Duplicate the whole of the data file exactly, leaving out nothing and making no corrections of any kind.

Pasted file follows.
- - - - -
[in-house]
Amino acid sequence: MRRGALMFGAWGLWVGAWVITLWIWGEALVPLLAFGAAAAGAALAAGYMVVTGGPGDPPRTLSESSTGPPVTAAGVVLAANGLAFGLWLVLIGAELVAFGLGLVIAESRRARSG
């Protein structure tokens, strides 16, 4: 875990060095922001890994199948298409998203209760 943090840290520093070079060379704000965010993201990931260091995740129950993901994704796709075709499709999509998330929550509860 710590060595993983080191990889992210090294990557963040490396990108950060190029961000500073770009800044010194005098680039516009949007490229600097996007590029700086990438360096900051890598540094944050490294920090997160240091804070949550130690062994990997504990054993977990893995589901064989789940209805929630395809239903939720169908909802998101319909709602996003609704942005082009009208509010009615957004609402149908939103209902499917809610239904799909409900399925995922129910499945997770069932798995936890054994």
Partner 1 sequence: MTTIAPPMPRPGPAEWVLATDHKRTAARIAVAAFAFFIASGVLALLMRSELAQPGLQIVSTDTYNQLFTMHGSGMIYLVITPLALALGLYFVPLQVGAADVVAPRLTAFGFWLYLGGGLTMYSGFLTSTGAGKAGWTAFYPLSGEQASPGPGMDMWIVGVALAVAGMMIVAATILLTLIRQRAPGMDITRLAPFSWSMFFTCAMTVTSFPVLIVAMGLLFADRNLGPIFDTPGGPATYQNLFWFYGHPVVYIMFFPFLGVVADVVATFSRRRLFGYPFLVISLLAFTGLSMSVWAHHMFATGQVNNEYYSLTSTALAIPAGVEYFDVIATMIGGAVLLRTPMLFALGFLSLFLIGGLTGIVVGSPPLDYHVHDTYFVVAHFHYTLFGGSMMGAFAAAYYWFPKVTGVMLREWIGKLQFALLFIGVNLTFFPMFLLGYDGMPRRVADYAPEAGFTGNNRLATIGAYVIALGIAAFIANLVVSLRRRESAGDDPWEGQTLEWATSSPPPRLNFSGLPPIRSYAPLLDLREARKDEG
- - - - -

[in-house]
Amino acid sequence: MRRGALMFGAWGLWVGAWVITLWIWGEALVPLLAFGAAAAGAALAAGYMVVTGGPGDPPRTLSESSTGPPVTAAGVVLAANGLAFGLWLVLIGAELVAFGLGLVIAESRRARSG
């Protein structure tokens, strides 16, 4: 875990060095922001890994199948298409998203209760 943090840290520093070079060379704000965010993201990931260091995740129950993901994704796709075709499709999509998330929550509860 710590060595993983080191990889992210090294990557963040490396990108950060190029961000500073770009800044010194005098680039516009949007490229600097996007590029700086990438360096900051890598540094944050490294920090997160240091804070949550130690062994990997504990054993977990893995589901064989789940209805929630395809239903939720169908909802998101319909709602996003609704942005082009009208509010009615957004609402149908939103209902499917809610239904799909409900399925995922129910499945997770069932798995936890054994």
Partner 1 sequence: MTTIAPPMPRPGPAEWVLATDHKRTAARIAVAAFAFFIASGVLALLMRSELAQPGLQIVSTDTYNQLFTMHGSGMIYLVITPLALALGLYFVPLQVGAADVVAPRLTAFGFWLYLGGGLTMYSGFLTSTGAGKAGWTAFYPLSGEQASPGPGMDMWIVGVALAVAGMMIVAATILLTLIRQRAPGMDITRLAPFSWSMFFTCAMTVTSFPVLIVAMGLLFADRNLGPIFDTPGGPATYQNLFWFYGHPVVYIMFFPFLGVVADVVATFSRRRLFGYPFLVISLLAFTGLSMSVWAHHMFATGQVNNEYYSLTSTALAIPAGVEYFDVIATMIGGAVLLRTPMLFALGFLSLFLIGGLTGIVVGSPPLDYHVHDTYFVVAHFHYTLFGGSMMGAFAAAYYWFPKVTGVMLREWIGKLQFALLFIGVNLTFFPMFLLGYDGMPRRVADYAPEAGFTGNNRLATIGAYVIALGIAAFIANLVVSLRRRESAGDDPWEGQTLEWATSSPPPRLNFSGLPPIRSYAPLLDLREARKDEG